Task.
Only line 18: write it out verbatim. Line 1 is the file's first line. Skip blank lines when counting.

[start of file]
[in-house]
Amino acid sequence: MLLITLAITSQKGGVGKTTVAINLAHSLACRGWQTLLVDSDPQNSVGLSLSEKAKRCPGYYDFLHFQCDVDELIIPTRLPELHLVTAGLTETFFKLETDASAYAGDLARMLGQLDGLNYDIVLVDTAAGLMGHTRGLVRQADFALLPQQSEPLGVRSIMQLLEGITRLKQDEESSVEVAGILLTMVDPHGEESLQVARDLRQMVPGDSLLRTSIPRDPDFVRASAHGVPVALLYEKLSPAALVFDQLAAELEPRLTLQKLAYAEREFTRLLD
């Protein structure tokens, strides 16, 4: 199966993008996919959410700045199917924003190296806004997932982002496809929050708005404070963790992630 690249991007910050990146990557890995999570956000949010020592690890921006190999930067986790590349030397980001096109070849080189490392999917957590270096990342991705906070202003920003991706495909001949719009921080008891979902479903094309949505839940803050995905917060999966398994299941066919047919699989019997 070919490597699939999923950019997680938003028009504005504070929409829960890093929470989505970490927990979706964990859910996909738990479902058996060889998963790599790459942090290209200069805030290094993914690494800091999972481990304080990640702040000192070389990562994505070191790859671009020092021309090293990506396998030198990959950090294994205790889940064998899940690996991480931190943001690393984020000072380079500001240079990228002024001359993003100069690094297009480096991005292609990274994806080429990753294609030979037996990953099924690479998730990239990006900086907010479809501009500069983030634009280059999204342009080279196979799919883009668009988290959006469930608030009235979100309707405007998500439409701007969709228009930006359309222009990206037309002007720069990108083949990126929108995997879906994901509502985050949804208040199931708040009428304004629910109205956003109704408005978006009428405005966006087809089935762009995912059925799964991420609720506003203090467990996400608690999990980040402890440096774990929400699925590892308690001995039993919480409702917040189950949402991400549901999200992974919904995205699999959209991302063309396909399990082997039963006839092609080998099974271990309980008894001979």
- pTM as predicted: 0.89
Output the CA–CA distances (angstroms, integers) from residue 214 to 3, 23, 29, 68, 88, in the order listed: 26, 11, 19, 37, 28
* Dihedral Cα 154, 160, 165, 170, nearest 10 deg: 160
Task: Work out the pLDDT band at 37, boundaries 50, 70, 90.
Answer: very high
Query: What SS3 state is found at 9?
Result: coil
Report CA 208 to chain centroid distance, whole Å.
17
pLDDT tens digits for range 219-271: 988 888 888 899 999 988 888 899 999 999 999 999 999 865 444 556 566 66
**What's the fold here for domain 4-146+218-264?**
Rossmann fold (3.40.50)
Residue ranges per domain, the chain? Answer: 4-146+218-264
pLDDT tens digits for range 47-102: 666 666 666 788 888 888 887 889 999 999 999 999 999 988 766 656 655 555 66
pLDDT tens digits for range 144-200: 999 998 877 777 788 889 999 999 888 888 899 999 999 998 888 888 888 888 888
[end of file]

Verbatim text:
pLDDT tens digits for range 144-200: 999 998 877 777 788 889 999 999 888 888 899 999 999 998 888 888 888 888 888